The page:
Risography

For those of you who wonder about how I made the artwork for ‘When Sadness Comes to Call’, I’m reposting something I posted a while back over @pictureaday_artists. If you like picture books and art, do check out this account, as an international artist takes over each week. This week it’s @phoebe.swan with her lovely, bold artwork. She just published her debut book as well, with a very important message. #repost @pictureaday_artists・・・Where all the magic happens. The risograph machine looks like an ordinary copy machine but it uses a similar principle as screen printing, where ink is pushed through little holes. But it’s a lot quicker and cleaner, once you have figured out how to prepare your layers and which settings you want to use. On the wall the very blue image in the middle is mine and the one with the chair and ladder (swipe for a close up). You might also recognise work made by @melissa.castrillon, @hwillustrator and @signeit. I don’t know who made the other prints . If you do, let me know in a comment below and I’ll include their names in this post. (I do know the top one in the left now, it’s by @doodleyboo and hanging upside down apparently)Layers for ‘When Sadness Comes to Call’ (published by @andersenpress) have been made with the risograph machine, but as colours are so limited, we chose to select our own colours and have them printed in exact Pantone colours (rather than the usual CMYK). I love this extra care that went into the production of the book, it’s details like this that can make a big difference. #risography #printmaking @cambridgeschoolofart @csacbi #printmakingstudio #evaeland #whensadnesscomestocall
For more images, see the original post on Instagram.
Where all the magic happens. The risograph machine looks like an ordinary copy machine but it uses a similar principle as screen printing, where ink is pushed through little holes. But it’s a lot quicker and cleaner, once you have figured out how to prepare your layers and which settings you want to use.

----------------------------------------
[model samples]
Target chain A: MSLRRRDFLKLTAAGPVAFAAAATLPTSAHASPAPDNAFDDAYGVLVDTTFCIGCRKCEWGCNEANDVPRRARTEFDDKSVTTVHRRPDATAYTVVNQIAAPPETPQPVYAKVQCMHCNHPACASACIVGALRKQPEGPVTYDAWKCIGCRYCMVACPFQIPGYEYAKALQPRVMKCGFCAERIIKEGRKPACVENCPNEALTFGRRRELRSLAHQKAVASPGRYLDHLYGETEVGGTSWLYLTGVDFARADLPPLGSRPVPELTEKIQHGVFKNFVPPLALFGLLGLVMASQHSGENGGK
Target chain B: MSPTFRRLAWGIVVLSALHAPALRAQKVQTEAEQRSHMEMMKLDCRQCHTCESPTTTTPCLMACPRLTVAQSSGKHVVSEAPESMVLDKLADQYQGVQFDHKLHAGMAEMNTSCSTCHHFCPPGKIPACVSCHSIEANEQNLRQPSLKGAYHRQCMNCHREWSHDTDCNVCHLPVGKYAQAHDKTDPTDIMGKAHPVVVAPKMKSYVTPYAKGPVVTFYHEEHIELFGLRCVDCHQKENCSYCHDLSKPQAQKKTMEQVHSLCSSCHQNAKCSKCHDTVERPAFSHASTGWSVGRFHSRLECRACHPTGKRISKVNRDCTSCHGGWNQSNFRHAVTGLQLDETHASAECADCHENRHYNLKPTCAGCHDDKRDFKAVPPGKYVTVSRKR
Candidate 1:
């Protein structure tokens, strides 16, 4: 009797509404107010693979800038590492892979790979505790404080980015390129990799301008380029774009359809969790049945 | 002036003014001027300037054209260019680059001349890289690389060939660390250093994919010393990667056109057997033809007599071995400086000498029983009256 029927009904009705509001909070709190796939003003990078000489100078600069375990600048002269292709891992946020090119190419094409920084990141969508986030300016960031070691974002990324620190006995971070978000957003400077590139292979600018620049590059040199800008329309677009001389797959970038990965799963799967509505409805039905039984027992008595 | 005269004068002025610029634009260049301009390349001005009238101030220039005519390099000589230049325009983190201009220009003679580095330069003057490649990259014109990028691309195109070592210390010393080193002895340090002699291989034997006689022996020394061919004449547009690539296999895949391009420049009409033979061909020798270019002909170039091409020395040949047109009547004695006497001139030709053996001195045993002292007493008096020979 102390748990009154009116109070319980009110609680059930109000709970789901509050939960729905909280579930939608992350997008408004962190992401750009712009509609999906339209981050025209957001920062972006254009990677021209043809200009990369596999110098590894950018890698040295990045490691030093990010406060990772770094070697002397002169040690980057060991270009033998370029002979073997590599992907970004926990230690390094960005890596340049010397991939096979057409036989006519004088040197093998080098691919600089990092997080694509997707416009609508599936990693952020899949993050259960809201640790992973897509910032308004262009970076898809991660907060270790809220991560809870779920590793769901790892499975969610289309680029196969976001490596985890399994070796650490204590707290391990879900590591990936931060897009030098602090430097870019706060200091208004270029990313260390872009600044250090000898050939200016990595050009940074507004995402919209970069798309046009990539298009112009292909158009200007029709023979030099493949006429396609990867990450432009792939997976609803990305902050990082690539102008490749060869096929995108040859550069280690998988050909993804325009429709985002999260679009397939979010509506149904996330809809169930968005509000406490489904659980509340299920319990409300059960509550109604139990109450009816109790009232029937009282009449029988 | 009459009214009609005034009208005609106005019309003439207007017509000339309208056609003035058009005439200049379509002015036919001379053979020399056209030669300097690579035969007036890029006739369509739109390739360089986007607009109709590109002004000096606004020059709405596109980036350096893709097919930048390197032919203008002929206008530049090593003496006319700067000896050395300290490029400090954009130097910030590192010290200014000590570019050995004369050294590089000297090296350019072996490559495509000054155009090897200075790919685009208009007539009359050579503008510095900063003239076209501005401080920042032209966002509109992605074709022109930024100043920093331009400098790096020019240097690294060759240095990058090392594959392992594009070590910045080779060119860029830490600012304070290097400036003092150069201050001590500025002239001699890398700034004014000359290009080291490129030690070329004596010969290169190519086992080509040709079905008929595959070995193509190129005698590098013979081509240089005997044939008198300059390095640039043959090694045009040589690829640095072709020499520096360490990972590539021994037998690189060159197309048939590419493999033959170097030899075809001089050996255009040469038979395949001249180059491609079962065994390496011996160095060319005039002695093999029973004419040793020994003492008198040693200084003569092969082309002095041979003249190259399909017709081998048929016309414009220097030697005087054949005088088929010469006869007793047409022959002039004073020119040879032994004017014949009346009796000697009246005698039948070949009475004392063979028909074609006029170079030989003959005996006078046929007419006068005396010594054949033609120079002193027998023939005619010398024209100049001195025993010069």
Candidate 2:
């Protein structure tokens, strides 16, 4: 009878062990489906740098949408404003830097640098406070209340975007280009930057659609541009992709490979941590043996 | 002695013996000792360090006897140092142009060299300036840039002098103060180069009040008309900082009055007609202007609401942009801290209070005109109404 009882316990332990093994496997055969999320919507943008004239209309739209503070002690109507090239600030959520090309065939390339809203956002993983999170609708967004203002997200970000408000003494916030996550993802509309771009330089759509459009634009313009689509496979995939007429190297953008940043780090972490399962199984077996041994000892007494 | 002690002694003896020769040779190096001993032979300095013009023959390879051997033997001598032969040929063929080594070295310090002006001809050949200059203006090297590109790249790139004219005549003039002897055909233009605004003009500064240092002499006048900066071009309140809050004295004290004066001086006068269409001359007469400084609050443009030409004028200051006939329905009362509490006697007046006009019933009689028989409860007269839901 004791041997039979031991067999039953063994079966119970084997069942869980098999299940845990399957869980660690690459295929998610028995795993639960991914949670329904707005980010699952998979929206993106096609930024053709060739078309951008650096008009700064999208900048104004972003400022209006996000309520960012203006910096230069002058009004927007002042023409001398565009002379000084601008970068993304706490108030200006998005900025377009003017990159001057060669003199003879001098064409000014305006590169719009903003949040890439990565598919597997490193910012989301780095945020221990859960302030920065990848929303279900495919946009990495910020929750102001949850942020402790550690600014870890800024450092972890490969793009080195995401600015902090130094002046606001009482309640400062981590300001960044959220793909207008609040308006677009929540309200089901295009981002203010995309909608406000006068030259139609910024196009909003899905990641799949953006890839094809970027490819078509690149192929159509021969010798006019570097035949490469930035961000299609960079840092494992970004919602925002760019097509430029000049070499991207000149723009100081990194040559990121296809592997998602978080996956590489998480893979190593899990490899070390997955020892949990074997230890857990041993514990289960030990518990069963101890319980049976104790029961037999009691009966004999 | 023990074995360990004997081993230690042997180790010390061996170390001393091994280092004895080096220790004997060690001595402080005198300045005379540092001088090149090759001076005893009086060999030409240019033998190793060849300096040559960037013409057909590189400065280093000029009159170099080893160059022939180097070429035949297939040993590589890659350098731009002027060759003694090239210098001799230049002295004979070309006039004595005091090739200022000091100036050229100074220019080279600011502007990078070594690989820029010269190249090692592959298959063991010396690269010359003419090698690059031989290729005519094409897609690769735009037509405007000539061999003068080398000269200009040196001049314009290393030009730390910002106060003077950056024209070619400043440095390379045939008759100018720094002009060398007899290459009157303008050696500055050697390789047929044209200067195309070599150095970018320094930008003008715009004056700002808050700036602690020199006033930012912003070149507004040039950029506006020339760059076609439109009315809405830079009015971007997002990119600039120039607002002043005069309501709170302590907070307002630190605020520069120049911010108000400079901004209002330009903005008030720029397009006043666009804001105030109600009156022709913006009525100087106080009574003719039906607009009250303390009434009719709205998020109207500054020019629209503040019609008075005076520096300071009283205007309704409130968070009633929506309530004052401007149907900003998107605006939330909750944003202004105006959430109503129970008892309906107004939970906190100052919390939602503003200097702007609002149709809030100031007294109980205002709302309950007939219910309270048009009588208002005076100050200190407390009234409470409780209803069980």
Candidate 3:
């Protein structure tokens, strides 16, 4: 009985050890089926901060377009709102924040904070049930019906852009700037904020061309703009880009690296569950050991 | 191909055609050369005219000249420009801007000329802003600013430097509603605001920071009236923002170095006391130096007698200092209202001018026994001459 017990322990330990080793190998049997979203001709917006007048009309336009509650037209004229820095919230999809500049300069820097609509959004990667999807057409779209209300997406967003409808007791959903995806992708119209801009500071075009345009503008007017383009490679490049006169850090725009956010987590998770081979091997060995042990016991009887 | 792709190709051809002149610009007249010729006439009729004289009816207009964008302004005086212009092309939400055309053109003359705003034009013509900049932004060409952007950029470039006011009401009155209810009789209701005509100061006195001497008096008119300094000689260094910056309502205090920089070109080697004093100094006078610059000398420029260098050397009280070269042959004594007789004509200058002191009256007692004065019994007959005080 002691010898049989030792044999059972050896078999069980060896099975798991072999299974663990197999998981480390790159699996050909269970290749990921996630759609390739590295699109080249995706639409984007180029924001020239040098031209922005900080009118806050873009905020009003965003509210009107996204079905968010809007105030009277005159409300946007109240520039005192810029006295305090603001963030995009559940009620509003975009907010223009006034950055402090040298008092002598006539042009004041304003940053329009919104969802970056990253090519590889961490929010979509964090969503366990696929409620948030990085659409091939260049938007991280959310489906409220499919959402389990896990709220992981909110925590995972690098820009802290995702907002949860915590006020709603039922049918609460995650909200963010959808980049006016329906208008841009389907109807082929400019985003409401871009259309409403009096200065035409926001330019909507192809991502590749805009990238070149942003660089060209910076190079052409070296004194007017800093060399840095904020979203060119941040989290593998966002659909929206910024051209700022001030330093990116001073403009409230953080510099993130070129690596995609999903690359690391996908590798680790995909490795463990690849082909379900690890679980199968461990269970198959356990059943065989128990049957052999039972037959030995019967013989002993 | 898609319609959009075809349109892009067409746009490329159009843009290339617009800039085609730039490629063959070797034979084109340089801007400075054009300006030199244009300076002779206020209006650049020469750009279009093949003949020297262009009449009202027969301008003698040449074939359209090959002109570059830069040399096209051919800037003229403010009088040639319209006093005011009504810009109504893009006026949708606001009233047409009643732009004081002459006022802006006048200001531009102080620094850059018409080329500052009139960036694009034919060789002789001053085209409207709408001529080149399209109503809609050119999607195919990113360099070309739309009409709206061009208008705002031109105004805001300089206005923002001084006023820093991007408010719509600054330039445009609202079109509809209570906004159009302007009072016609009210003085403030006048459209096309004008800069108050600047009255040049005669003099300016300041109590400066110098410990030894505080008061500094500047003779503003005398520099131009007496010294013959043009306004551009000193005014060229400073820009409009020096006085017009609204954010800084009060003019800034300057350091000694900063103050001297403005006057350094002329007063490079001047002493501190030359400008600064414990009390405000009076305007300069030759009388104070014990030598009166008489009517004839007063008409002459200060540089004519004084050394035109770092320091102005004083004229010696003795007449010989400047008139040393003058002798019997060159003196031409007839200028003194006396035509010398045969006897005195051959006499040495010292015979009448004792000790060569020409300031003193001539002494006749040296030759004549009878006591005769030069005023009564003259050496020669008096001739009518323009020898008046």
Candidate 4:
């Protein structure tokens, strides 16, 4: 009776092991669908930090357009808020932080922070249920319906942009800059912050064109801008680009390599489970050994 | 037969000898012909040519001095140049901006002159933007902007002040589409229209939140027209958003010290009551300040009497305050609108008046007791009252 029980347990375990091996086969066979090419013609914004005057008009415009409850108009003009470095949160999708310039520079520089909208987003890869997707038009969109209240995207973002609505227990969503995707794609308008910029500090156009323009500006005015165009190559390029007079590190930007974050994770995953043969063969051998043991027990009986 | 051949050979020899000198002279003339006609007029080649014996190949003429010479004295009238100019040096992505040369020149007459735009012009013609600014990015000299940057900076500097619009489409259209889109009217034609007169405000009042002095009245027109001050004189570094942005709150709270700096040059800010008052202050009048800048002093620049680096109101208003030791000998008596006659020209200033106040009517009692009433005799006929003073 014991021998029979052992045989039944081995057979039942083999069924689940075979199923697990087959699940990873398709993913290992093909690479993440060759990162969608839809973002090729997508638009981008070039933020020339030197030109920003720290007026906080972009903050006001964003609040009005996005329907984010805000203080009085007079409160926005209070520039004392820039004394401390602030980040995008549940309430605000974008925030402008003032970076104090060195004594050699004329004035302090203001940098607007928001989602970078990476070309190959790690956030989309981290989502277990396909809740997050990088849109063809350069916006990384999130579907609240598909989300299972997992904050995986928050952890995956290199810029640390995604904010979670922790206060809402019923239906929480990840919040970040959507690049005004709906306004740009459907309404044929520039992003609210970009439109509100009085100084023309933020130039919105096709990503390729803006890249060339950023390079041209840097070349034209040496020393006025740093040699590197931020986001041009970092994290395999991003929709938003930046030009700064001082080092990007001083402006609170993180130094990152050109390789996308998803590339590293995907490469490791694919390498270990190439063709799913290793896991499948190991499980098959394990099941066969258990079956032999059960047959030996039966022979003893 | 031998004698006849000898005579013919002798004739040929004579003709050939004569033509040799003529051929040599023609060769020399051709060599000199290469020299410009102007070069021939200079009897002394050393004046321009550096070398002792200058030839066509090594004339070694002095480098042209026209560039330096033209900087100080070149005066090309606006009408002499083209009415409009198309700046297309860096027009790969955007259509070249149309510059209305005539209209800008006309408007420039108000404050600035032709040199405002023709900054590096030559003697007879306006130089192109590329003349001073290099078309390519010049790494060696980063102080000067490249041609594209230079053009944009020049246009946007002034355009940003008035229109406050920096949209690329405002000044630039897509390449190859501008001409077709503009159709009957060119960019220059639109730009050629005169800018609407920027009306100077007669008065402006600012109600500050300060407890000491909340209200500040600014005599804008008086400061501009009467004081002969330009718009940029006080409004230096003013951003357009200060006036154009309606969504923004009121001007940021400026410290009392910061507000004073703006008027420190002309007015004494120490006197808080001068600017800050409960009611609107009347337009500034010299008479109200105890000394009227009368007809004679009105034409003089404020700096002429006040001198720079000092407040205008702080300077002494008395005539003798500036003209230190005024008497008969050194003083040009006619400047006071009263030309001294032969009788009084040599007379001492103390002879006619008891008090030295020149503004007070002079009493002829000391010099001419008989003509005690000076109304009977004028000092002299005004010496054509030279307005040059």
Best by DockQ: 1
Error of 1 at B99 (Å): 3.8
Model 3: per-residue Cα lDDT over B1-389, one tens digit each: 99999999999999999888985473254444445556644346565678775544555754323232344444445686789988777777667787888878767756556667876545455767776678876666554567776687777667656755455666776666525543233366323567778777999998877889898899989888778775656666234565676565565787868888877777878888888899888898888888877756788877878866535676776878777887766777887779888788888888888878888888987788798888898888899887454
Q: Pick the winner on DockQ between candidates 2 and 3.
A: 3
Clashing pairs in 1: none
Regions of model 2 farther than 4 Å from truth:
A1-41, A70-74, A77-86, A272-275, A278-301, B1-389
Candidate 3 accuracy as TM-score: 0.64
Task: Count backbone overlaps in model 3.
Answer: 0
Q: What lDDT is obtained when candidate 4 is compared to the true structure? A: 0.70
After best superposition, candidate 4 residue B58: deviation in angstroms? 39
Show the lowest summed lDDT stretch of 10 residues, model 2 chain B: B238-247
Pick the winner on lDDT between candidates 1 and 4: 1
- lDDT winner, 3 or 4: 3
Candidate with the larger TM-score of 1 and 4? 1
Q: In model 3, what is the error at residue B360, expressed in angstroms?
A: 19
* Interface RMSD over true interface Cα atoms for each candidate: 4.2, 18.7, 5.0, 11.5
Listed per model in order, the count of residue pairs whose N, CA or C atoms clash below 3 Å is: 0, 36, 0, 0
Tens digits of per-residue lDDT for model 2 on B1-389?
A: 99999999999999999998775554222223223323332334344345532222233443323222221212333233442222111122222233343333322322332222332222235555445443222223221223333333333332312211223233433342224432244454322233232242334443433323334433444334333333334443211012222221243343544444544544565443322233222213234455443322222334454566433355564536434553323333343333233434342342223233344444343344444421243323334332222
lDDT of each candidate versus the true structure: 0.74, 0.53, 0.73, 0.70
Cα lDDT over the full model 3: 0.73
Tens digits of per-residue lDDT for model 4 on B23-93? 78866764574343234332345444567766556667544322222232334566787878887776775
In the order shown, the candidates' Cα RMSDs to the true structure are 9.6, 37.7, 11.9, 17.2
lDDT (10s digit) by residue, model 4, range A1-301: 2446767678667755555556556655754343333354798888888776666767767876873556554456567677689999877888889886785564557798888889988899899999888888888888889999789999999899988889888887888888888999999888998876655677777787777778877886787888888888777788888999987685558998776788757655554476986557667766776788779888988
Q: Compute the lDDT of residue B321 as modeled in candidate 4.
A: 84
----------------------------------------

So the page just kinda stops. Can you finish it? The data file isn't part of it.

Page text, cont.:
On the wall the very blue image in the middle is mine and the one with the chair and ladder (swipe for a close up). You might also recognise work made by @melissa.castrillon, @hwillustrator@doodleyboo  and @signeit.
Layers for ‘When Sadness Comes to Call’ (published by @andersenpress) have been made with the risograph machine, but as colours are so limited, we (art director Beccy Garrill, editor Libby Hamilton and me) chose to select our own colours and have them printed in exact Pantone colours (rather than the usual CMYK). I love this extra care that went into the production of the book, it’s details like this that can make a big difference.

Say hello to Sadness

Say hello to Sadness, because today is publication day of ‘When Sadness Comes to Call’!

Many thanks to the wonderful team at @andersenpress, in particular Libby @libbyhamham and Beccy @bexgarrill for their superb editing – and art directing skills. It’s an understatement when I say that I couldn’t have made this book without them.

I finished this book during my study at the @cambridge_school_of_art @csacbi and developed the blueprint of it with the help of wonderful tutors (and classmates!). Only a few of them are here on Instagram but thank you for some amazing and insightful tutorials @pamsmyillustrator @kmanolessou @davidhughesinc and friends and classmates for all the support, cakes interesting conversations.

And last but not least, thanks to my family (@welcometotheprocess @aldo_eland) and @mauri.mendes for continuing support. And Mauri in particular for making sure I’m always fed, hugged and cheered on along the way!

This is an illustration from the book. I am still surprised sometimes at how much lighter the feeling of sadness becomes, when I simply accept its presence and stop resisting it, one way or the other. This is one of the experiences I’d like to share with the reader (be it a child or an adult). Maybe sadness isn’t all that scary and overwhelming when we can face it directly, with kindness and curiosity.

How do you usually cope with feelings of sadness? Can you ‘sit’ with it sometimes and just let it be? I have to confess that it’s one of the lessons I’m still learning myself.

Read the original post on Instagram for more images.

The importance of self-care

See the original post on Instagram.